Creedence Clearwater Revival's hit song, "Have You Ever Seen the Rain", is an easy song for you to try, and learning it's guitar chords is an ideal chance for you to incorporate some music theory.
By learning some music theory behind the song, it will help you to learn this song faster and better. Don't worry, it won't take too much time for us to spend working on it.
Four Easy Chords to Learn
We are going to use four easy chords to learn this song. These are Am, F, C, and G.
I know some of you might be thinking that F is not an easy chord. But don't you worry, as we'll be using a non-barred F chord. However, if you know these chords, feel free to skip to the next section.
We start out with a folk-style C chord. For this chord, place your ring finger on the fifth string third fret, middle finger on the fourth string second fret, and index on the second string first fret.
The next chord is Am, where you simply move your ring finger to the third string second fret, while the other fingers stay put.
Let´s skip the F for now and move on to the G chord.
I'm going to use a pinky G to make it an easier switch from G to the following C chord.
The pinky G has the ring finger on the sixth string third fret, middle finger on the fifth string second fret, and the pinky on the first string third fret. However, feel free to use any G that suits you.
Now for the F chord, we´re going to place the ring finger on the fifth string third fret, middle finger on the third string second fret, index on the second string first fret and then add the pinky on the fourth string third fret.
The index finger, besides pressing on the second string, will also help us to mute the first string by using the fleshy part on the bottom.
The next step is to use the index finger to bar just the first and second string to add more to the F chord.
From this F chord we can easily move on to the C chord, but just removing the pinky and moving the third finger from the third to the fourth string, still on the second fret.
For this practice walk-through, we´re just going to play one chord per measure as we map out the song form. This is good practice to see where the chords land in relation to the words of the song.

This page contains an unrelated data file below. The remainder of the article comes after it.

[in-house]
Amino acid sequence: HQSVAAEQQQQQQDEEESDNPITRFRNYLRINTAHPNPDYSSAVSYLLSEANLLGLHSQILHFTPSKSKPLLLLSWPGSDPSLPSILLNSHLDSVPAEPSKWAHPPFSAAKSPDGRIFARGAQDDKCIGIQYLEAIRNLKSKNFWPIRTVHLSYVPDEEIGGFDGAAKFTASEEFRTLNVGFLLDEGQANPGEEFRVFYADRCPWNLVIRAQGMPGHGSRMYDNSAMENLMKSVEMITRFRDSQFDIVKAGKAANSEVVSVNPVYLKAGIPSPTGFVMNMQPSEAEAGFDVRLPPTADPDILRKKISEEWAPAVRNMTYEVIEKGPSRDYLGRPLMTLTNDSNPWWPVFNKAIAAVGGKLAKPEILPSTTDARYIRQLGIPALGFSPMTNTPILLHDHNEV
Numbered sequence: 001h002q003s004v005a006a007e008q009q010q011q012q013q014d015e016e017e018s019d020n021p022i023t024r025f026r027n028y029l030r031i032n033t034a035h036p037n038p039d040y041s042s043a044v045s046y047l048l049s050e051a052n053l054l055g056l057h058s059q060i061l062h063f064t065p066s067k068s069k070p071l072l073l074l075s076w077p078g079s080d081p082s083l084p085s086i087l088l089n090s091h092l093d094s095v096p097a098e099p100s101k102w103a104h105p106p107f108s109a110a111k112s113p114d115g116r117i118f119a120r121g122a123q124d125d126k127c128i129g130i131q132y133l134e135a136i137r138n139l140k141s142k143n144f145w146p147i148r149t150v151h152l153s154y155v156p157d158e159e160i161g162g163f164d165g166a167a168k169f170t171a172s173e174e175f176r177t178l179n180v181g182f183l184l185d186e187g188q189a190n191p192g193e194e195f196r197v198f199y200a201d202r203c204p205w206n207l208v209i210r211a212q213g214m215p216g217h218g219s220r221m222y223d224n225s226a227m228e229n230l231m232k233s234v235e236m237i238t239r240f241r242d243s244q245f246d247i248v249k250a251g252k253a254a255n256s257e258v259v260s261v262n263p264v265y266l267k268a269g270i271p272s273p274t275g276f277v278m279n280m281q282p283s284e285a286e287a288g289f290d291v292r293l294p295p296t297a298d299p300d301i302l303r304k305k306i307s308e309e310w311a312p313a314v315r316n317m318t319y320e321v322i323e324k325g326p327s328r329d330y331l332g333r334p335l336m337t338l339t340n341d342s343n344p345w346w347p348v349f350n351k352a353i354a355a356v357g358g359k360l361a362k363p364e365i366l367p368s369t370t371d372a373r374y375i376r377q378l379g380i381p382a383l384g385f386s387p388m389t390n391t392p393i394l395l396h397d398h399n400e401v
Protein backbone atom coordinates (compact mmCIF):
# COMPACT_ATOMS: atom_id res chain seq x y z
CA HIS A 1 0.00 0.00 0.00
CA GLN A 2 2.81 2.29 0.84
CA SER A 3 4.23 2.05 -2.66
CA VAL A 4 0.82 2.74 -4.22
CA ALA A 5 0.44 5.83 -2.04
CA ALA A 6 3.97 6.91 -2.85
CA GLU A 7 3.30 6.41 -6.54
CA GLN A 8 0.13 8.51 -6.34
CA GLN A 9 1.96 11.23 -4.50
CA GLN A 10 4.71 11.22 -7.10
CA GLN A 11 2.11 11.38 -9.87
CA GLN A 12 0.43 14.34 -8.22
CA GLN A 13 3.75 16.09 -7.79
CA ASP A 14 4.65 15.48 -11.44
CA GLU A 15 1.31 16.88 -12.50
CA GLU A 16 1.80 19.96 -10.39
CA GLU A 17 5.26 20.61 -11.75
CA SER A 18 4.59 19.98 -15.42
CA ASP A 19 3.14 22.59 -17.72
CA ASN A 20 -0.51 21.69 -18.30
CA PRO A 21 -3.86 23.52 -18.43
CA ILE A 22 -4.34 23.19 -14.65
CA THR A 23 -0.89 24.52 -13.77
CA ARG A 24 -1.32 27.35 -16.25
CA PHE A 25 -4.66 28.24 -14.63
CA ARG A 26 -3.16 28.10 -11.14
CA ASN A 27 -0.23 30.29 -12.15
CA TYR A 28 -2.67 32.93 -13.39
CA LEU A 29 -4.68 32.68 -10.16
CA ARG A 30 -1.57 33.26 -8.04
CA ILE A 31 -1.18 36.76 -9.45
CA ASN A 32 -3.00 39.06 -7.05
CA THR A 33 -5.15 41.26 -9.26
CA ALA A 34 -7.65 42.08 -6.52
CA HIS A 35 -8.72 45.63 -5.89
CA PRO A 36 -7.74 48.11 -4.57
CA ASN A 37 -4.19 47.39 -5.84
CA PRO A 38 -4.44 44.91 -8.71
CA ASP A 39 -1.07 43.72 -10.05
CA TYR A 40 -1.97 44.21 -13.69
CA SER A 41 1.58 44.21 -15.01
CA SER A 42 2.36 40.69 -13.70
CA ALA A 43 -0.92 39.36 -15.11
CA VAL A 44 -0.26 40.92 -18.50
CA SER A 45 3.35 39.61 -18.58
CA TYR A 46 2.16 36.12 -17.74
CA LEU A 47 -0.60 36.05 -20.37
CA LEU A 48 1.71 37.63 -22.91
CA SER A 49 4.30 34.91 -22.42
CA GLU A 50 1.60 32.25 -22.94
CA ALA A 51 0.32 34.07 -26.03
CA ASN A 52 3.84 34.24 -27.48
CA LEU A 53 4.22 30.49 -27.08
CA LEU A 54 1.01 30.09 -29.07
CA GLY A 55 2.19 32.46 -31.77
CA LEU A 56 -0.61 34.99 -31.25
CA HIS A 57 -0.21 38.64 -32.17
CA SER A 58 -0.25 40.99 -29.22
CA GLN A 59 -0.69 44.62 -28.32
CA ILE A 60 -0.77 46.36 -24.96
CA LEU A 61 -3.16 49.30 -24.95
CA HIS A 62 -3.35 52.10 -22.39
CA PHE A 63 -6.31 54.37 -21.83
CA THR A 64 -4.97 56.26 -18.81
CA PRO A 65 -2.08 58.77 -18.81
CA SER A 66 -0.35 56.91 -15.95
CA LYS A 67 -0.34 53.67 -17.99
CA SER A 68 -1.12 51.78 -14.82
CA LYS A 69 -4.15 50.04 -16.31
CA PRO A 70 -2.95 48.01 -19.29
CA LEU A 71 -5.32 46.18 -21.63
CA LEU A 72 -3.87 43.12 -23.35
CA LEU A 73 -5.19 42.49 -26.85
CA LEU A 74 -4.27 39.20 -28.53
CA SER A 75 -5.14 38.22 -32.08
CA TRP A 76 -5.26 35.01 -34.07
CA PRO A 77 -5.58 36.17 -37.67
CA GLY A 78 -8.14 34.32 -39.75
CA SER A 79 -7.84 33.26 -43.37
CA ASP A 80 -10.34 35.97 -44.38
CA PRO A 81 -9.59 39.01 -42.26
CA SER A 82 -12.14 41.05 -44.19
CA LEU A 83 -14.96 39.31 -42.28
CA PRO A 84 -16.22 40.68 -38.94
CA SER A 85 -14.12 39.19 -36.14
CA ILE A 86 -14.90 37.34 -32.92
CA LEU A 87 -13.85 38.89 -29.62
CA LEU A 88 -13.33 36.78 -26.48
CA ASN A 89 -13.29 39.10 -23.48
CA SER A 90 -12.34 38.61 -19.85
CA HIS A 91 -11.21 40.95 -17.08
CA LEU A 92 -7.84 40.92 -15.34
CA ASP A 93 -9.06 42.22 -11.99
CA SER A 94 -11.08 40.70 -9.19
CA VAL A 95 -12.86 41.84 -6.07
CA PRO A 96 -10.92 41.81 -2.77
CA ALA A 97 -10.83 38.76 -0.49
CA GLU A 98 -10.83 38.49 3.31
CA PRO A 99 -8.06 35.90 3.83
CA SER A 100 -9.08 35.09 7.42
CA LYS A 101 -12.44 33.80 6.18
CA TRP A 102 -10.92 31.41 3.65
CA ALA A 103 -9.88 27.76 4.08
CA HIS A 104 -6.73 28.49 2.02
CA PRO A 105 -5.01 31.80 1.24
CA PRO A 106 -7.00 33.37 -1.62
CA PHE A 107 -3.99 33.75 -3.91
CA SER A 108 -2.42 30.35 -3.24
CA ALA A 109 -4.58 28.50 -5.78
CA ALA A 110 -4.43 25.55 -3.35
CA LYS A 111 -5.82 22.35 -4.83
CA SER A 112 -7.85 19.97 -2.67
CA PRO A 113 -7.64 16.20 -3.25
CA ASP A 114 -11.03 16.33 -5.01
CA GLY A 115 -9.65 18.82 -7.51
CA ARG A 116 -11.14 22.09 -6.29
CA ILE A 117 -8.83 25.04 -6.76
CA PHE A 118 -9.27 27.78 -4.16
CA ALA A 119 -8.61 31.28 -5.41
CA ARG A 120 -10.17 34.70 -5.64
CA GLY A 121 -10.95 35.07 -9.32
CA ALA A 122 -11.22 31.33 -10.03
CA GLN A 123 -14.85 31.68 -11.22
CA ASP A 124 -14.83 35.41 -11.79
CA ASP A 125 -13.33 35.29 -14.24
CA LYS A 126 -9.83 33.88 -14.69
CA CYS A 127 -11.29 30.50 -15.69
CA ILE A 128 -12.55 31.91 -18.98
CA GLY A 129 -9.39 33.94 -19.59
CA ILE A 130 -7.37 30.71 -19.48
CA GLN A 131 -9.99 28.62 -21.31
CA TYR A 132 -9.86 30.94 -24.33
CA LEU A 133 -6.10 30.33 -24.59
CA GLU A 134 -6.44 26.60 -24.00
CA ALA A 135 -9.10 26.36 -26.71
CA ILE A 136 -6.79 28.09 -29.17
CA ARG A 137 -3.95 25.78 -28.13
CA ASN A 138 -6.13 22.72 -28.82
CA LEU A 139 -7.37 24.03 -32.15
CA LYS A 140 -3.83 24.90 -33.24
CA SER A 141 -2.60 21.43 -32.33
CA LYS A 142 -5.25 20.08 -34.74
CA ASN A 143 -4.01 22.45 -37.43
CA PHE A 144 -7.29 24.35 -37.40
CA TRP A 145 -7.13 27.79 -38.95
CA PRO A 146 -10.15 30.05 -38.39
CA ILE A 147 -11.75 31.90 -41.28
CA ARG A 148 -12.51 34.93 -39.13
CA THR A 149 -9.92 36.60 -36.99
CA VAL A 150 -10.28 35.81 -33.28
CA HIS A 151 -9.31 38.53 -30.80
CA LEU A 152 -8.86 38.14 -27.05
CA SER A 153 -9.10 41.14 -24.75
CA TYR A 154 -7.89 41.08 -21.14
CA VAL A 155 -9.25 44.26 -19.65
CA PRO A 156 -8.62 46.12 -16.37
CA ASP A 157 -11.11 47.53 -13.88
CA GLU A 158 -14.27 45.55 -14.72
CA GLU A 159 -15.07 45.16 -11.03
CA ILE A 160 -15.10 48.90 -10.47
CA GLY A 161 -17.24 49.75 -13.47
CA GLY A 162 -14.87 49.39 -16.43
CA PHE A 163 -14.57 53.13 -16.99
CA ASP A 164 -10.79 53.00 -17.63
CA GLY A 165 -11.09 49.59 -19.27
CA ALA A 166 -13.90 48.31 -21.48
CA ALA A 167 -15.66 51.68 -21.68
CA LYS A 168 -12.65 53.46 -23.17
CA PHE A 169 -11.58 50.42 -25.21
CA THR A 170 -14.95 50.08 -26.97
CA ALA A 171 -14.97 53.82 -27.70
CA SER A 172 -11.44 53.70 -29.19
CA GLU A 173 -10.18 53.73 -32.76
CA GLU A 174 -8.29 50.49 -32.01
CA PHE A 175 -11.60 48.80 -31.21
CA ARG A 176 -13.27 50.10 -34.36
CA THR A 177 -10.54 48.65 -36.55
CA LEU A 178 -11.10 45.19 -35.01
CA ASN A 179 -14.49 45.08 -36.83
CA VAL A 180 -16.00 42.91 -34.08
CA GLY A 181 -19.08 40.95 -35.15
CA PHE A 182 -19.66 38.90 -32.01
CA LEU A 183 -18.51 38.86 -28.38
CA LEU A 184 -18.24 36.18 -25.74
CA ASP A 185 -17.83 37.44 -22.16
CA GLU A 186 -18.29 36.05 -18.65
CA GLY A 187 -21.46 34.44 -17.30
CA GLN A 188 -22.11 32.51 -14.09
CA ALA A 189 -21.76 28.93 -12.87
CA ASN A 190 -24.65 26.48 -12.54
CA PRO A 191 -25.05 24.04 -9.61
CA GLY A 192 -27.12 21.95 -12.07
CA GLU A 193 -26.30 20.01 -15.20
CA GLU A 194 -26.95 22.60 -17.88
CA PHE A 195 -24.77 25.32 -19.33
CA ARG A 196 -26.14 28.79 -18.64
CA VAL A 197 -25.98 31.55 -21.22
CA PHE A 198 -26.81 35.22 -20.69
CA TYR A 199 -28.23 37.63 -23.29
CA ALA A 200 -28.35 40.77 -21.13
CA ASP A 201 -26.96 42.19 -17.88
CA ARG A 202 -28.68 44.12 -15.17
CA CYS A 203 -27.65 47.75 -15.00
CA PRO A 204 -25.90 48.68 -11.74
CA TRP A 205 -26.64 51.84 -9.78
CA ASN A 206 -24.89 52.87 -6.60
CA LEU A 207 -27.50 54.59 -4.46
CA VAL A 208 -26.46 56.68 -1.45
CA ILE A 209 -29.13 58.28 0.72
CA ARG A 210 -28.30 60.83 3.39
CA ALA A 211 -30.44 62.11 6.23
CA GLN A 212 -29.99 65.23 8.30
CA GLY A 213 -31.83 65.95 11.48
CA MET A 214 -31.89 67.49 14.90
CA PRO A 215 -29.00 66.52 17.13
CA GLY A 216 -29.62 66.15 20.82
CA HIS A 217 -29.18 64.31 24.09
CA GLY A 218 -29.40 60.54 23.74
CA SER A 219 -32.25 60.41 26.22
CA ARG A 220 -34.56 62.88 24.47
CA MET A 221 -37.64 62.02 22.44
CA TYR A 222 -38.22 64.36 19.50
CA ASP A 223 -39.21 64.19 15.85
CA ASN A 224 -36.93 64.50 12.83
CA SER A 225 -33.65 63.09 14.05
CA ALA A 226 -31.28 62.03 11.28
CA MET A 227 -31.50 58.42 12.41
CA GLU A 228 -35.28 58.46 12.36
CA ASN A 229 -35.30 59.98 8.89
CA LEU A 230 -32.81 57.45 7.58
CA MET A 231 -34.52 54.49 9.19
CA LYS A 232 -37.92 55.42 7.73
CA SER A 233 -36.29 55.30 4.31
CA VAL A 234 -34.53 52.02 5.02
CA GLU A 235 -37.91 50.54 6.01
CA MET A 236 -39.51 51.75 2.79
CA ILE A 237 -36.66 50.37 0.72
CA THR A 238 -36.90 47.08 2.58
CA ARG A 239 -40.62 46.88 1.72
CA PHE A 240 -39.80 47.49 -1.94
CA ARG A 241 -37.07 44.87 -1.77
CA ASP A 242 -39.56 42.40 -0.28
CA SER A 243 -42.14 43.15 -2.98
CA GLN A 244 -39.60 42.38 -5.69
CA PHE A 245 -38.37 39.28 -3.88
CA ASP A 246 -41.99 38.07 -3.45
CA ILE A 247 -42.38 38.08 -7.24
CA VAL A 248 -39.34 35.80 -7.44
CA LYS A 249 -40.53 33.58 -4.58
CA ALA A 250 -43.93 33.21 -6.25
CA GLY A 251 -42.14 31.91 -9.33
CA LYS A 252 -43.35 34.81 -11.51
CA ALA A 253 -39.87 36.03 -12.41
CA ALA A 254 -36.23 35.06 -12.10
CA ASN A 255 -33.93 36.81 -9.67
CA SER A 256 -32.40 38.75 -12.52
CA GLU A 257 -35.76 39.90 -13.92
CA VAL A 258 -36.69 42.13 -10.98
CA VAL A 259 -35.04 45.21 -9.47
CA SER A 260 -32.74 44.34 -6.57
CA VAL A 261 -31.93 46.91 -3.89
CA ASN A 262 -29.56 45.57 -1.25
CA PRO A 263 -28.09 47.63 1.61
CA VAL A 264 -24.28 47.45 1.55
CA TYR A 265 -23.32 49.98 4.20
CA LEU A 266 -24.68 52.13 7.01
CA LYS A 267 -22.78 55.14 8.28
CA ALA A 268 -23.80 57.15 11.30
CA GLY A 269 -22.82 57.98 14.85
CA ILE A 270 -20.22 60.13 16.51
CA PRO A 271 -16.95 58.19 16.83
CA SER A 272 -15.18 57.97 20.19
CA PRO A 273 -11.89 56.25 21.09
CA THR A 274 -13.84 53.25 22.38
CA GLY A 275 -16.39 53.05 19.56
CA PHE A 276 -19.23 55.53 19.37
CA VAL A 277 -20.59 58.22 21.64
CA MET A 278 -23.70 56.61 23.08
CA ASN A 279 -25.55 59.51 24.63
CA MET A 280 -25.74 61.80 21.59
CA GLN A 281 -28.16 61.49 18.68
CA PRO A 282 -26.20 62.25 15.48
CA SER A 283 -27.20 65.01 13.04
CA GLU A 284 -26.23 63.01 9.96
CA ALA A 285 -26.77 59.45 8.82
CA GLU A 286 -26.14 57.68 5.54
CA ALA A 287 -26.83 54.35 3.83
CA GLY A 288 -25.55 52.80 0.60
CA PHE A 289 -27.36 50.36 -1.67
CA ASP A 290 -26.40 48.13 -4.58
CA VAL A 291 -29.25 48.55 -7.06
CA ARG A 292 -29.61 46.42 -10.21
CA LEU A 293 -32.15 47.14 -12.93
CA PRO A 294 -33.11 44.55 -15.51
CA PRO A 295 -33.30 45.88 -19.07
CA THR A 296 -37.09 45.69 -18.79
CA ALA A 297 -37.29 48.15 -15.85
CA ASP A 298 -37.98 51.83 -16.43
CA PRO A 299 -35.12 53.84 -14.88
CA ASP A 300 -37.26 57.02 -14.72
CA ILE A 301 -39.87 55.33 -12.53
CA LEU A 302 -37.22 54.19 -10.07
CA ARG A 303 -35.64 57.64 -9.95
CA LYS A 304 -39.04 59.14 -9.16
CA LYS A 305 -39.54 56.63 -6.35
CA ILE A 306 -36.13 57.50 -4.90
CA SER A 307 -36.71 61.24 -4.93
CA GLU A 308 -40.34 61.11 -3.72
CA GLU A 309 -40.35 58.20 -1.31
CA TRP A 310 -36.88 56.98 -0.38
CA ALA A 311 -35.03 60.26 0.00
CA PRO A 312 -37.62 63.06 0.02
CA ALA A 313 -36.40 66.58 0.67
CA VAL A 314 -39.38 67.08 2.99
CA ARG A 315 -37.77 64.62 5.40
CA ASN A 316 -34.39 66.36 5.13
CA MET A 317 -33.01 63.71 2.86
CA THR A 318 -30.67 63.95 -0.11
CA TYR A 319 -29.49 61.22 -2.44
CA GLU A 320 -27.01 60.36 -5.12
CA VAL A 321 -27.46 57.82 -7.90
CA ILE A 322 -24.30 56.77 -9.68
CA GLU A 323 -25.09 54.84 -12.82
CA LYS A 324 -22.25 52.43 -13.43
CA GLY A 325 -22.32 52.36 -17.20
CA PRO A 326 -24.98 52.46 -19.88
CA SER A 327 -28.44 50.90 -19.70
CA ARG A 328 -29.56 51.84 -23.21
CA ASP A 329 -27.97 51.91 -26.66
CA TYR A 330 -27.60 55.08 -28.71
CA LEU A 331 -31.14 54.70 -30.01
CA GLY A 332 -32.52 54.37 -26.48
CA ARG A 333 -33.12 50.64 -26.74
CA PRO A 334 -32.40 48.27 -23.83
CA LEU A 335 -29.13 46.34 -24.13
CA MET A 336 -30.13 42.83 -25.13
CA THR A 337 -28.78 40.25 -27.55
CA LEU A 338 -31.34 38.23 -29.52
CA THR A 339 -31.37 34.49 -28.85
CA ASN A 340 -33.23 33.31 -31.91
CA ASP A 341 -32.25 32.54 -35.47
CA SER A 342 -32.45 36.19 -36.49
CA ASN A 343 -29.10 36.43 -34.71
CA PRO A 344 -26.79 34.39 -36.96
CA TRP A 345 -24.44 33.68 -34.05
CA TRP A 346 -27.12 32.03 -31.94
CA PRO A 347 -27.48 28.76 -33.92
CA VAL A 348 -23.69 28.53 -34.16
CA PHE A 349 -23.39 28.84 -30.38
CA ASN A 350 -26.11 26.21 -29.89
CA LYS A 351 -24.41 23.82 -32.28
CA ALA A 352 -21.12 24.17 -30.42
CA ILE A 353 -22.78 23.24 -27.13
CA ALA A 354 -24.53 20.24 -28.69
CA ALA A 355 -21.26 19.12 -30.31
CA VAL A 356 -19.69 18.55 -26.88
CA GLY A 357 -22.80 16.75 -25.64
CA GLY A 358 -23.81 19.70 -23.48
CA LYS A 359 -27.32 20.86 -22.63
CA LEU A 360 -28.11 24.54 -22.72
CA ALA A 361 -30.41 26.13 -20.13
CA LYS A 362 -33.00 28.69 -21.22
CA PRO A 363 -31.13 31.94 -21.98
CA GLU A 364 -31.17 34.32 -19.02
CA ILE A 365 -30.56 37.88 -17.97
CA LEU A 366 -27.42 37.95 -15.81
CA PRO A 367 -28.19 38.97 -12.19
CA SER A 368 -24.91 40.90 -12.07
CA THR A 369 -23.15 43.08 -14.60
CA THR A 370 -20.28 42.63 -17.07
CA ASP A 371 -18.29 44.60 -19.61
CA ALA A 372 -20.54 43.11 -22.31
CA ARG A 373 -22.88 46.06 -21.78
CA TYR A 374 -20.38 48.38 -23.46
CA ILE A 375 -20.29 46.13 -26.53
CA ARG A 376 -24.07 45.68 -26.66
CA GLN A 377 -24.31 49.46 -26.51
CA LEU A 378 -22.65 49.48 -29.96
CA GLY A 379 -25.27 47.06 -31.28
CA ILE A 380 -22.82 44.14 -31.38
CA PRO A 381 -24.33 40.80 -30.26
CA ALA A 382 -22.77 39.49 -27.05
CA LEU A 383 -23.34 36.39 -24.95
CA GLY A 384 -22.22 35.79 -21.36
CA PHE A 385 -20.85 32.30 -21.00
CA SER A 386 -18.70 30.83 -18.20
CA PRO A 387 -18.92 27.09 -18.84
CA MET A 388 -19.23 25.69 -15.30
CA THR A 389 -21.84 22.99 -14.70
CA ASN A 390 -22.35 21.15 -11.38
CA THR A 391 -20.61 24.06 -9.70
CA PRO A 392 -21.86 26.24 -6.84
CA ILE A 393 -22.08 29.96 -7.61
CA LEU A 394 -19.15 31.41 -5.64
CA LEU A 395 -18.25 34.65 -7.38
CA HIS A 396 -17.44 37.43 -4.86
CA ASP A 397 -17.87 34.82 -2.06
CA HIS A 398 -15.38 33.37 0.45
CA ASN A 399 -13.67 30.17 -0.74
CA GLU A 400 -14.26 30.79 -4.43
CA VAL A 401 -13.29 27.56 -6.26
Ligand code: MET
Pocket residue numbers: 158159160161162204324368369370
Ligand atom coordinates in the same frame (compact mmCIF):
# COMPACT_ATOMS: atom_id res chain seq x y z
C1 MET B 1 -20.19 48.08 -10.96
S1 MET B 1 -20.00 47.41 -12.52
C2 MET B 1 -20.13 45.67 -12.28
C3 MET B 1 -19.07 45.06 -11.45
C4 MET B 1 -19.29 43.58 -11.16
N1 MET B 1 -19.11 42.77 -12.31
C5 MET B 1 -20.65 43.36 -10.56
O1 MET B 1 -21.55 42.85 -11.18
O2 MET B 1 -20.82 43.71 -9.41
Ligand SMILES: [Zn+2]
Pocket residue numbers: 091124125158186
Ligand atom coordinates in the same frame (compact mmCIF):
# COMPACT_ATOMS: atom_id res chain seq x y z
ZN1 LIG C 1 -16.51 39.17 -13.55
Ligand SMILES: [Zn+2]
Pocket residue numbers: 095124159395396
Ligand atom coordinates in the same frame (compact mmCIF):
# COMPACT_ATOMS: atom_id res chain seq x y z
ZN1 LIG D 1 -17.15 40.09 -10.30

The structure or form of the song is quite simple. I call it A - B - A, or just verse, chorus, verse, chorus chorus. We´re going to map out one verse and one chorus, and then you can just repeat the same as they are identical as far as where the chords land.
The first half of the verse features four bars of C, two bars of G, and two bars of C. We then repeat the same exact thing for the second half of the verse.
We then go on to the chorus. Here we start with one bar of F, one of G, one bar of C ending in one bar of Am.
That sequence repeats and then we end in one bar of F, one of G and two bars of C. Keep in mind that each bar is just one strum per chord.
At the end of the chorus, we have one bar of G that strums repeatedly before moving on to the second verse.
A Common Chord Progression
The chorus chords on Have You Ever Seen The Rain are quite common. They are used in endless songs.
This is important as it can help you learn songs faster by understanding the theory behind it. I always tell my students that the best way to practice chords is by using them in common chord progressions.
This helps you remember the sound of the entire progression on your ear and makes learning songs much easier.
It makes more sense than practicing random chords or just learning songs without discerning common aspects in their progression.
This progression of F, G, C and Am is referred to as a IV V I vi progression. Here, we are in the key of C, which is why the C chord is the I chord.
Different Strum Patterns
This can be either an easy strum pattern or a more challenging one. The basic version of the pattern is just up-down.
In other words, you´re going to be strumming down on the downbeat and up on the upbeat, repeatedly for every beat. If you´re just starting out, this may be the way to go.
On the other hand, if you wish to add a bit of swag to the pattern, we´re going to try a palm mute in conjunction with the down-up. This pattern is DU - UDU -U. The mutes go right where the dashes are.
Try it slowly first making sure you get the basic movements right. Once you feel secure, you can then speed it up until it reaches the desired speed.
On the video, we have a play-along section that can be of great help when practicing at the right speed.
Have You Ever Seen the Rain by Creedence Clearwater Revival is a great song for practicing your strumming, developing a greater sense of song form, and [a way to] keep on improving overall.
Because it features simple chords, it is also a great chance to start thinking about how chord progressions move and the theory behind it.
For instance, if the song is too high for your voice, you can transpose lower, using the IV V I vi progression in another key.
In the end, knowing just a bit of theory will help you greatly when learning songs and on your journey to become a better musician. As always, remember to have fun!
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Would you like to learn how to easily change the key of a song? Check out the post below!